Think National. (480) 376-0974

History of Tucson Film Production

History of Tucson Film Production

The history of Tucson film production is incredibly rich. Most of the classic and most successful Westerns were shot completely or partially in Tucson. However, it did take a bit for those train robbing scenes to find their way to Tucson. In the early 1920s, major film companies wanted to secure places in USA cities. This is the time when they started getting funding from financial institutions; thus, they began to expand into different cities in the USA. Most movie companies moved to New York City and Hollywood. Other producers decided to settle in Tucson, Arizona. They wanted to take advantage of the weather of the area and the diverse scenery that would be used for video production. One of them was a desert area 11 miles east of Tucson, which became known as Old Tucson Studios.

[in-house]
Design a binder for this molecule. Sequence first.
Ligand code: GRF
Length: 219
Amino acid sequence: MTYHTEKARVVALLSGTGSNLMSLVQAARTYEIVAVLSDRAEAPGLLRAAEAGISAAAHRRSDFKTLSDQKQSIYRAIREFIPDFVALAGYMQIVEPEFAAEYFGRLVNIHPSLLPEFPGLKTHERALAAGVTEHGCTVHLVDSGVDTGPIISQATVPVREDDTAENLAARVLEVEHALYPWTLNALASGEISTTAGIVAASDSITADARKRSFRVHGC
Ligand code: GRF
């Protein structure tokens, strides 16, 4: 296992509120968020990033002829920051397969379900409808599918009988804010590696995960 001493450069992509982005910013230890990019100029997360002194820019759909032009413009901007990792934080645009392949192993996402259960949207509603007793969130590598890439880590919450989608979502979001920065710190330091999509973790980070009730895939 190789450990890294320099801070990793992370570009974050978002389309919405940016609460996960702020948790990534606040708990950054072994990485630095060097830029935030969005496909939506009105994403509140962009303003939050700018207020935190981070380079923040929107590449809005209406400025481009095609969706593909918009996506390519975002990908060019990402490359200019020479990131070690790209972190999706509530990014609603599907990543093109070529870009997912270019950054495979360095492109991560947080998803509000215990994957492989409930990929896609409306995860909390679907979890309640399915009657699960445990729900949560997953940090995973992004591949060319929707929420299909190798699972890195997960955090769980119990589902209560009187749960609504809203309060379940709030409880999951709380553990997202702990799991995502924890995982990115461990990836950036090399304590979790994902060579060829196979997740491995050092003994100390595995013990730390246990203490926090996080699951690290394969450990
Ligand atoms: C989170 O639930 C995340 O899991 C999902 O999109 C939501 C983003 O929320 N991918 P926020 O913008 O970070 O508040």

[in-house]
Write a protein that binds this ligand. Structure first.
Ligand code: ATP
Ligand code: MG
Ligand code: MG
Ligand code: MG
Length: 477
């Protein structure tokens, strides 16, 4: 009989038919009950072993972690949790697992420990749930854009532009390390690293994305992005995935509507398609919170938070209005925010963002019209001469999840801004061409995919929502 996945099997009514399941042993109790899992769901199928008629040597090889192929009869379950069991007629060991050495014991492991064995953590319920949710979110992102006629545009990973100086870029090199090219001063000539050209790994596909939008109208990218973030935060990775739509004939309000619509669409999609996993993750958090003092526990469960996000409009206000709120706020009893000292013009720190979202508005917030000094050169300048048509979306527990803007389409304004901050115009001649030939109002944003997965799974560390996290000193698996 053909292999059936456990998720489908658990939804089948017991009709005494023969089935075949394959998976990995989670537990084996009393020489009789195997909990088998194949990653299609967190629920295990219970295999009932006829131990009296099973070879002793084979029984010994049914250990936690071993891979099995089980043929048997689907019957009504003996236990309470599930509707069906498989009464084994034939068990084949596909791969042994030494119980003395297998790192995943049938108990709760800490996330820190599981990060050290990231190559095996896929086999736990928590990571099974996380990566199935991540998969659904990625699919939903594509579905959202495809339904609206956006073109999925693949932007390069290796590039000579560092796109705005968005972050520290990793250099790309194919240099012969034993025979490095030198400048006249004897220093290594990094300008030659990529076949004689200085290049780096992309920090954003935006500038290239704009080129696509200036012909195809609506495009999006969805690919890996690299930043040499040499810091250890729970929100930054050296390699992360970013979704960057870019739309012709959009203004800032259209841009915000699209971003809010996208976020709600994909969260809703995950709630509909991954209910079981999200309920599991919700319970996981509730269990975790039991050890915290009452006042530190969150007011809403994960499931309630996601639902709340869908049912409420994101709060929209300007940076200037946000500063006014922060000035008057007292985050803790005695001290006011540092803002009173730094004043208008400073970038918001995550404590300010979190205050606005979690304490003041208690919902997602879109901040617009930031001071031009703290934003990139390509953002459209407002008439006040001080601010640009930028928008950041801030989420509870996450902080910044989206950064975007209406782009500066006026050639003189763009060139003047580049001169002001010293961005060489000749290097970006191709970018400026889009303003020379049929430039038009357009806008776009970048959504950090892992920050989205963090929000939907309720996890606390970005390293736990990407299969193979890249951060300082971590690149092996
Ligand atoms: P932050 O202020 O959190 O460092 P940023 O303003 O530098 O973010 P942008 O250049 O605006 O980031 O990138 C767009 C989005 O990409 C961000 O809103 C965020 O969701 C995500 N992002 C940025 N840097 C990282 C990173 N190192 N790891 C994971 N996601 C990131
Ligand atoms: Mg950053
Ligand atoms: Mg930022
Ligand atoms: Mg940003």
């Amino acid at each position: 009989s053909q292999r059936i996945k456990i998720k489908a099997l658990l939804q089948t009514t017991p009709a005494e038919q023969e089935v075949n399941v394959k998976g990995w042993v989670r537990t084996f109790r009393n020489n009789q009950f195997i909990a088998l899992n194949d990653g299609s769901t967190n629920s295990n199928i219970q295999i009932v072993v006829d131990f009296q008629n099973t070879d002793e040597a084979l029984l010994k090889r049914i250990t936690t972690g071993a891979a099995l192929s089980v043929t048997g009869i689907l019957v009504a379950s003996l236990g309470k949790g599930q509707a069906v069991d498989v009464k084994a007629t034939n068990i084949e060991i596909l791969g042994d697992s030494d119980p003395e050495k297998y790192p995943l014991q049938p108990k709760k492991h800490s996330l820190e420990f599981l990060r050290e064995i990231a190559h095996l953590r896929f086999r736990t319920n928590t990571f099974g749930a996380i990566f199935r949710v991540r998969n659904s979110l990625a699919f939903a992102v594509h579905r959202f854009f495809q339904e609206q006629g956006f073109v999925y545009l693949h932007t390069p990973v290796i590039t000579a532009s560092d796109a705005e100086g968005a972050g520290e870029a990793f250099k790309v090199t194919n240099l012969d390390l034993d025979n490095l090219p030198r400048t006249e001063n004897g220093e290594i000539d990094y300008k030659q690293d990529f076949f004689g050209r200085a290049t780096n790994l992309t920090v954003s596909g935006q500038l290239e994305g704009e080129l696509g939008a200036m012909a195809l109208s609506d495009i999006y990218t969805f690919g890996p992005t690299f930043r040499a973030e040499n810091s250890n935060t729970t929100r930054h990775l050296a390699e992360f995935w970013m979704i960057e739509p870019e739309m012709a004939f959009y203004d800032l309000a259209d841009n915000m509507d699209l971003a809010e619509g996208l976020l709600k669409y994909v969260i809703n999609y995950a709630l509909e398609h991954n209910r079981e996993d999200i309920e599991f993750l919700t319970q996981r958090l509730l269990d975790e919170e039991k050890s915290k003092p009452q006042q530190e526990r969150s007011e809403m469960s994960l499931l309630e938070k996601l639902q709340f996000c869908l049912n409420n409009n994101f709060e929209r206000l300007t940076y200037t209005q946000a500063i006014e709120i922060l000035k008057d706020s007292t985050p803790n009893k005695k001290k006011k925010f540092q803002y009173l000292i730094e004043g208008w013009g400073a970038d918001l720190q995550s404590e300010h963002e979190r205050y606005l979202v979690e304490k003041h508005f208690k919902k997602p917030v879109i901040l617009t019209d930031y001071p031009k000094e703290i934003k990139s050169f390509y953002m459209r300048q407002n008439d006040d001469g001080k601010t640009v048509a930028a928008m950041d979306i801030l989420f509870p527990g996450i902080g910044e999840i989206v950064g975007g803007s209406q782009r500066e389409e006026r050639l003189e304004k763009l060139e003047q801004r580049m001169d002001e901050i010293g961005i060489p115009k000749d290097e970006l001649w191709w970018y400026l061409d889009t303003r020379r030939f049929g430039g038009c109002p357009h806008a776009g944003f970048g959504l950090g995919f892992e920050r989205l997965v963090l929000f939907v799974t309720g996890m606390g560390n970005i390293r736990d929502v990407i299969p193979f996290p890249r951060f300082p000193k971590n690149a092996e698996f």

Old Tucson Studios

Columbia Studios decided to build a replica of the 1860’s Tucson for the film Arizona (1940). Built in 1939 for $150,000, it was the first western studio set that brought these types of films to life. It set a new standard for how they were shot. The film was directed by Wesly Ruggles and starred Jean Arthur, William Holden, and Warren William. Ironically, after the success of the film, Old Town Studios went forgotten. It was not used again until a new trend of western movies started about 5 years later. Between 1945 to 1959, over 30 movies were shot there. Those include titles such as The Bells of St. Mary’s (1945), Winchester ’73 (1950), Broken Arrow (1950), 3:10 to Yuma (1957), and Gunfight at the O.K. Corral (1957).

The Western Movie Golden Age